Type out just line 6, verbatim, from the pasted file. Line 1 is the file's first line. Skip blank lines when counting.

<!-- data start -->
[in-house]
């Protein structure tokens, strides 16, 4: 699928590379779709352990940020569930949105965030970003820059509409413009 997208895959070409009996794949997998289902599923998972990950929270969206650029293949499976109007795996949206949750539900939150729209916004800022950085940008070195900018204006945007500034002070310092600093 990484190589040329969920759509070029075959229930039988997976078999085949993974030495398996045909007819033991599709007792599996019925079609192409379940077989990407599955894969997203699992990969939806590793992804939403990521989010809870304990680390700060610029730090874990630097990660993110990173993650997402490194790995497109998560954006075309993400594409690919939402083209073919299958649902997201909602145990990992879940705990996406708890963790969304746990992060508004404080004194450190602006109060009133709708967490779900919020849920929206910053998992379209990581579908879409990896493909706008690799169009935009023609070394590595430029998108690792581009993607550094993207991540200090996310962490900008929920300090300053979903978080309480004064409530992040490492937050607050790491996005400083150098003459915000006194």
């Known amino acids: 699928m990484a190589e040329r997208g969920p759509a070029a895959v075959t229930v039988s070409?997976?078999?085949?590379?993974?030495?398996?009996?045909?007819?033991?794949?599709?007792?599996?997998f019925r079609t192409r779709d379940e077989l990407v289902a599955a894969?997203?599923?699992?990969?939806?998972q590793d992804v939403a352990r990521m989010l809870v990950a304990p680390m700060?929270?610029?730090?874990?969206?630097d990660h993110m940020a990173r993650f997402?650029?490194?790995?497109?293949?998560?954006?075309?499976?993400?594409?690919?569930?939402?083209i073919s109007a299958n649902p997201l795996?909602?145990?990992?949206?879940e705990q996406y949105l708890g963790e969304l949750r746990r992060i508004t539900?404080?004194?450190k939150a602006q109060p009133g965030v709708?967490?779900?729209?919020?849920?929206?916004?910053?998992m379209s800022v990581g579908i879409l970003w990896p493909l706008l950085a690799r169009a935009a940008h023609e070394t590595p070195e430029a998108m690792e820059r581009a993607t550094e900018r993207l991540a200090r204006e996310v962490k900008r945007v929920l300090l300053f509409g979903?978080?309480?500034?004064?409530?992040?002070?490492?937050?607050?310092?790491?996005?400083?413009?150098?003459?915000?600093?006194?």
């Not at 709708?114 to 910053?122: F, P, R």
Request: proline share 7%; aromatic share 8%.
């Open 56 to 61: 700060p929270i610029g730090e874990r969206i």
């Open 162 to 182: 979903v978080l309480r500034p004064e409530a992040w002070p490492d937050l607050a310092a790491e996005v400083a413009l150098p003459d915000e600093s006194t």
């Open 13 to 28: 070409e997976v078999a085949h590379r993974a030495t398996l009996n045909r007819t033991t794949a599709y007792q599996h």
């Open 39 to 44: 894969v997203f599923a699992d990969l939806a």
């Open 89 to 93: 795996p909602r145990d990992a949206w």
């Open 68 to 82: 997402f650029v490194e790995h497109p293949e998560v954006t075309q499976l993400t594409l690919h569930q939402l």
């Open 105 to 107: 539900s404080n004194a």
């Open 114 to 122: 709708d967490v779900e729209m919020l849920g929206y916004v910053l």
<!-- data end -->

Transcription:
């Open 56 to 61: 700060p929270i610029g730090e874990r969206i």